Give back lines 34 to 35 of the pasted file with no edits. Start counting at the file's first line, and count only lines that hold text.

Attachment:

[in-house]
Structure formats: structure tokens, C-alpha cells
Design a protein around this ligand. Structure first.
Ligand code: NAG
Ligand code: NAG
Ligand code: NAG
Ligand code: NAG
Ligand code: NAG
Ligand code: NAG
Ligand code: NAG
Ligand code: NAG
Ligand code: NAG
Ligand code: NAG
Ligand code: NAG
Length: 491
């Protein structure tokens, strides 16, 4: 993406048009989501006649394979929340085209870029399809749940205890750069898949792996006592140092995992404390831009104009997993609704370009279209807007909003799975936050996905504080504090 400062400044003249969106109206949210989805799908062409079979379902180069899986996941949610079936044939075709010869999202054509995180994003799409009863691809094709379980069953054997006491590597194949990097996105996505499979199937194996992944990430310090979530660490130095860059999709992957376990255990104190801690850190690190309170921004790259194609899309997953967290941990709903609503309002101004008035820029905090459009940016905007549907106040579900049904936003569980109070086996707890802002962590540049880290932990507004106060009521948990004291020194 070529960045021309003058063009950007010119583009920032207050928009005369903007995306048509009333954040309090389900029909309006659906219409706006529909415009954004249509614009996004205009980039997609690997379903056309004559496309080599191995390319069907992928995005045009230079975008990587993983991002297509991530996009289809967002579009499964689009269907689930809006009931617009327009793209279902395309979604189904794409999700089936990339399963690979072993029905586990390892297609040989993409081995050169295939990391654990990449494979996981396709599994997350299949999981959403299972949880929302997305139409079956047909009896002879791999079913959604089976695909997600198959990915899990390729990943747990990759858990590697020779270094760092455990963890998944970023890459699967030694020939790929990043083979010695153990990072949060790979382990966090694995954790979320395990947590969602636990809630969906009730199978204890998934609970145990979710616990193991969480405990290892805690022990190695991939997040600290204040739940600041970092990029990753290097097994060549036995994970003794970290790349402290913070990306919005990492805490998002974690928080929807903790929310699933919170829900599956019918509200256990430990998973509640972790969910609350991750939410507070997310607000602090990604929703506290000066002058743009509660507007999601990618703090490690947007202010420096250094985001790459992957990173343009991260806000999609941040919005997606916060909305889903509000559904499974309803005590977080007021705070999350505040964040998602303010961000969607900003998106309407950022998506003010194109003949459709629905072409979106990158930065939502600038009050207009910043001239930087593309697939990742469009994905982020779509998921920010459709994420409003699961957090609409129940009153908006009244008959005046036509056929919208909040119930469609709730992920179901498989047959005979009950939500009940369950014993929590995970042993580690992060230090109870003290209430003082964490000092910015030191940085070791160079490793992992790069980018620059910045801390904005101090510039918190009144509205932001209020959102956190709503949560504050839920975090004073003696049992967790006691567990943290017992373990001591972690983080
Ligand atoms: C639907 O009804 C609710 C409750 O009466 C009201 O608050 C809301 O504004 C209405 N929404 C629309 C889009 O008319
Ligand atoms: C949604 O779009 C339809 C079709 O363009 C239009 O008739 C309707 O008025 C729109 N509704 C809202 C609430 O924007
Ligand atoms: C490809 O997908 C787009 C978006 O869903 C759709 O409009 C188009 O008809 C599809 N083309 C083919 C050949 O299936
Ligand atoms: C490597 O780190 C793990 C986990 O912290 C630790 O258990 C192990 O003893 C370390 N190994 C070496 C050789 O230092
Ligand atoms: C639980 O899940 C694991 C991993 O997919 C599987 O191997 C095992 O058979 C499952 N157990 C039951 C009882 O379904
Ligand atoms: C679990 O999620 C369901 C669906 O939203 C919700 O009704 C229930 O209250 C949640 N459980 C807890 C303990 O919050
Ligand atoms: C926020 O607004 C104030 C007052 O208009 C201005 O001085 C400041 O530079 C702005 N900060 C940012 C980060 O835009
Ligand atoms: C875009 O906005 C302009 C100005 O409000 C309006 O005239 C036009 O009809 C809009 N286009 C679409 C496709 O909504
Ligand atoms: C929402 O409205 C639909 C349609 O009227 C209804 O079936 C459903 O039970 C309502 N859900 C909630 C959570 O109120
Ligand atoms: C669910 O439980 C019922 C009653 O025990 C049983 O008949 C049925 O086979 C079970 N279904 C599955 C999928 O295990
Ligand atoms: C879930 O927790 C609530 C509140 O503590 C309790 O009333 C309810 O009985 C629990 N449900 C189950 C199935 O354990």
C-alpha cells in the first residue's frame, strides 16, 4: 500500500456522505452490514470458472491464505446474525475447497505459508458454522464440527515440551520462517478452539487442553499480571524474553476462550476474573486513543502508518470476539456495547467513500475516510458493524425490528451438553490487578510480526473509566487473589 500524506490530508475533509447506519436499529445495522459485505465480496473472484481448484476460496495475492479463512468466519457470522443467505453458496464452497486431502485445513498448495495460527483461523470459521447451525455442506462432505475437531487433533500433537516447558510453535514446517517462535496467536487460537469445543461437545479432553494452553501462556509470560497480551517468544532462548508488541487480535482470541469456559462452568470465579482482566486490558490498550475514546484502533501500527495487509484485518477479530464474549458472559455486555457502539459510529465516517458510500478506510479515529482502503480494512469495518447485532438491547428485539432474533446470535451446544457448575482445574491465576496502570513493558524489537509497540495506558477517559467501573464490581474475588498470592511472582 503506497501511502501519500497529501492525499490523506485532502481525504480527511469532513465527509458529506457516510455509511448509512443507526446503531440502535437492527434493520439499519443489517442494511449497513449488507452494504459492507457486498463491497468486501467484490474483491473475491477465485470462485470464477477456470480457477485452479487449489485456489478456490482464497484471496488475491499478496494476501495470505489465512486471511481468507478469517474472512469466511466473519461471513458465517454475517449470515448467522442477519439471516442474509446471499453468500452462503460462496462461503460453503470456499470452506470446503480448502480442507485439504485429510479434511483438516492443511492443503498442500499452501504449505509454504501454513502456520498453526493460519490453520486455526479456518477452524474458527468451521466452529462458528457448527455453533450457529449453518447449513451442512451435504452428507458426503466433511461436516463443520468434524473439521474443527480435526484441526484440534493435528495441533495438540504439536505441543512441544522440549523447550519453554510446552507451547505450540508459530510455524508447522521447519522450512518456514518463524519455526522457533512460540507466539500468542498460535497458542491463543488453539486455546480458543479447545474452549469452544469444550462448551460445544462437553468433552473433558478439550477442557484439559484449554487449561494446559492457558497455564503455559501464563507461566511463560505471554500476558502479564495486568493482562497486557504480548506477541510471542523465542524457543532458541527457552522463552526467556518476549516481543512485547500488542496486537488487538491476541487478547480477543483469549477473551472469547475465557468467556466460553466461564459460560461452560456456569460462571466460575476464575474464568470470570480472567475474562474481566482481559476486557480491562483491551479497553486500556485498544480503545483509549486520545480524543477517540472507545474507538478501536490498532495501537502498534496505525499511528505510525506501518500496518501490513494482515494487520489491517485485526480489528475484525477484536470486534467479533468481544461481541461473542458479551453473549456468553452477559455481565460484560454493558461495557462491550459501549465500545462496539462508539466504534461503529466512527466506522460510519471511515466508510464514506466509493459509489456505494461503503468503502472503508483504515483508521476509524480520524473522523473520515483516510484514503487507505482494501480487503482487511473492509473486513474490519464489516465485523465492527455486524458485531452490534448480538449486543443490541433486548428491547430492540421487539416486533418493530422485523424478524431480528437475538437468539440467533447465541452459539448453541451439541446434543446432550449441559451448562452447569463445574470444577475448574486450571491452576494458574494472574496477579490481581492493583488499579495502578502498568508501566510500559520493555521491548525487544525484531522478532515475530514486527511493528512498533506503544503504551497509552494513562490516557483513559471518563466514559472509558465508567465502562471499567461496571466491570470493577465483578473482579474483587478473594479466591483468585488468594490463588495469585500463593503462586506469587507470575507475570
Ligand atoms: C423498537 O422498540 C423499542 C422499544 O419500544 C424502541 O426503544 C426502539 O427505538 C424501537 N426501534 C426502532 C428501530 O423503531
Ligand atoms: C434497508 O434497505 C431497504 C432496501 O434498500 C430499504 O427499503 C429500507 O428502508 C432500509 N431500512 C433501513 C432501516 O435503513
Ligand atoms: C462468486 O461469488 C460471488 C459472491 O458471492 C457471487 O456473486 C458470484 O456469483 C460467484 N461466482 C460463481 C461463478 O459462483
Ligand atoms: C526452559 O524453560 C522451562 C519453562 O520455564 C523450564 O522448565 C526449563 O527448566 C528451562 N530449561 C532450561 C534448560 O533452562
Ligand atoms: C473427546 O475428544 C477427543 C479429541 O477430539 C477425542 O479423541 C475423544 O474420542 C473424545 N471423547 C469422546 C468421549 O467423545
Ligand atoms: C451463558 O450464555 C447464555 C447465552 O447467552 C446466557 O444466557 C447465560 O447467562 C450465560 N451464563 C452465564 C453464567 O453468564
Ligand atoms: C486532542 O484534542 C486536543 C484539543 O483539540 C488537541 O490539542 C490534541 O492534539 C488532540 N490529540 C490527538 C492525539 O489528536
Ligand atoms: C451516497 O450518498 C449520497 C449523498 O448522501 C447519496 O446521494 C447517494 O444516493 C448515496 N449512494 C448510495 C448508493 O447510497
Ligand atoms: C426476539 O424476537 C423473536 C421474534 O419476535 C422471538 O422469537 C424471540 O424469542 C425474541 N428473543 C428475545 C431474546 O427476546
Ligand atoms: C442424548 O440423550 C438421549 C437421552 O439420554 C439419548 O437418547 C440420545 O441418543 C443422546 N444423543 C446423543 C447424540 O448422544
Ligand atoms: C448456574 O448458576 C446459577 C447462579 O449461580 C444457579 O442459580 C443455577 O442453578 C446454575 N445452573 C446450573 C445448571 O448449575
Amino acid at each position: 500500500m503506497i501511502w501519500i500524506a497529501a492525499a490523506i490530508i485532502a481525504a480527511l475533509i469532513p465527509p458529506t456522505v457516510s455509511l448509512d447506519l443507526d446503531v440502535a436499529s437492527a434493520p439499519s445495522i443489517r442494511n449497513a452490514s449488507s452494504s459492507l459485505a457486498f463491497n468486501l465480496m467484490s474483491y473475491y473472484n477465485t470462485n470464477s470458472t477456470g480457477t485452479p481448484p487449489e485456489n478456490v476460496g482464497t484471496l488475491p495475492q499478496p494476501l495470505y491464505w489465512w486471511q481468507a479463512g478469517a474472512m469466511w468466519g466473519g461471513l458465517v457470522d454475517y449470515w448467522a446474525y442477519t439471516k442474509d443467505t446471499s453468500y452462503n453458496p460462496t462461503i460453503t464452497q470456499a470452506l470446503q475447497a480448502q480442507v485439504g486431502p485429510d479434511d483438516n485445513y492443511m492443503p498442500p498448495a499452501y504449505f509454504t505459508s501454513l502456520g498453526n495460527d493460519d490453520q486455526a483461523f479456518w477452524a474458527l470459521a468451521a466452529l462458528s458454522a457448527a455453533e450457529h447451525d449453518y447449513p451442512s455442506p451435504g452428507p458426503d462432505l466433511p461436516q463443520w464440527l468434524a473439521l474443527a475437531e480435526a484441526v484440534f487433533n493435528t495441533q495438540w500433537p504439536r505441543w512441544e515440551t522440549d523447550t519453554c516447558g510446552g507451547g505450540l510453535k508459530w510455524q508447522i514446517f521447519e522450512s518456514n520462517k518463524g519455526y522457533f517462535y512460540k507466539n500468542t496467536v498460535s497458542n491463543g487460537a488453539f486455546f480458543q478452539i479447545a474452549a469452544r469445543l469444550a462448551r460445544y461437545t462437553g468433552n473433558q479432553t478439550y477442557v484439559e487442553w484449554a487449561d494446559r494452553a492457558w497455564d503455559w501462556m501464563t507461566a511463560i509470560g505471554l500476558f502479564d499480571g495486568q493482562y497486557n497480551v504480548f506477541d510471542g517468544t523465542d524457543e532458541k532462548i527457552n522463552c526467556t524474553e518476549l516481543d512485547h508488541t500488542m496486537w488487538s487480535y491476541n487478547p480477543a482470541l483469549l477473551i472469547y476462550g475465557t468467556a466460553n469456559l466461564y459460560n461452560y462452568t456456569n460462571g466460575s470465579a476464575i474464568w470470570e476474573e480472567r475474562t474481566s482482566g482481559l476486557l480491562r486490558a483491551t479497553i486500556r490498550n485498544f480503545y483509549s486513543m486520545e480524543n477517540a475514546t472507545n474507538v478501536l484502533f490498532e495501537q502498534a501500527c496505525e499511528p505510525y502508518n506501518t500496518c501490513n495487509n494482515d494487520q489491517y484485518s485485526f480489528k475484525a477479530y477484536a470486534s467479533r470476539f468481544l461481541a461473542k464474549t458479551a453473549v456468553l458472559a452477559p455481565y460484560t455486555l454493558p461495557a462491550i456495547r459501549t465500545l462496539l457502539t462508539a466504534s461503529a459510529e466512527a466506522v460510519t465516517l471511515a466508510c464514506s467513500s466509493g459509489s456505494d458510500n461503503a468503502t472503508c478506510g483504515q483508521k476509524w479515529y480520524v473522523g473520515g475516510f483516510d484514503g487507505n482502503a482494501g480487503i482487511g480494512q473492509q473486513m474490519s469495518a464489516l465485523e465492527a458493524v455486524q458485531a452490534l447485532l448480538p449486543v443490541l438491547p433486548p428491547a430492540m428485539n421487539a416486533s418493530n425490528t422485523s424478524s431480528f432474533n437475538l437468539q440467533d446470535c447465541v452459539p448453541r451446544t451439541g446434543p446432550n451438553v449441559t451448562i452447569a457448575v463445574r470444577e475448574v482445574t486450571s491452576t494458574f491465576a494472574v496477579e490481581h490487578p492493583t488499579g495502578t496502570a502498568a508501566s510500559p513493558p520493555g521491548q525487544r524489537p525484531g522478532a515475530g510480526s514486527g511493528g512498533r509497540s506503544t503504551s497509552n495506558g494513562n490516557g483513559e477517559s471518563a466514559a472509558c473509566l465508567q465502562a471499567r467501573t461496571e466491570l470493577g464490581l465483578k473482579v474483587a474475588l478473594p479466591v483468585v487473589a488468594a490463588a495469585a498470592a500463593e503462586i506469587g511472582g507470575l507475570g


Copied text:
Ligand atoms: C451463558 O450464555 C447464555 C447465552 O447467552 C446466557 O444466557 C447465560 O447467562 C450465560 N451464563 C452465564 C453464567 O453468564
Ligand atoms: C486532542 O484534542 C486536543 C484539543 O483539540 C488537541 O490539542 C490534541 O492534539 C488532540 N490529540 C490527538 C492525539 O489528536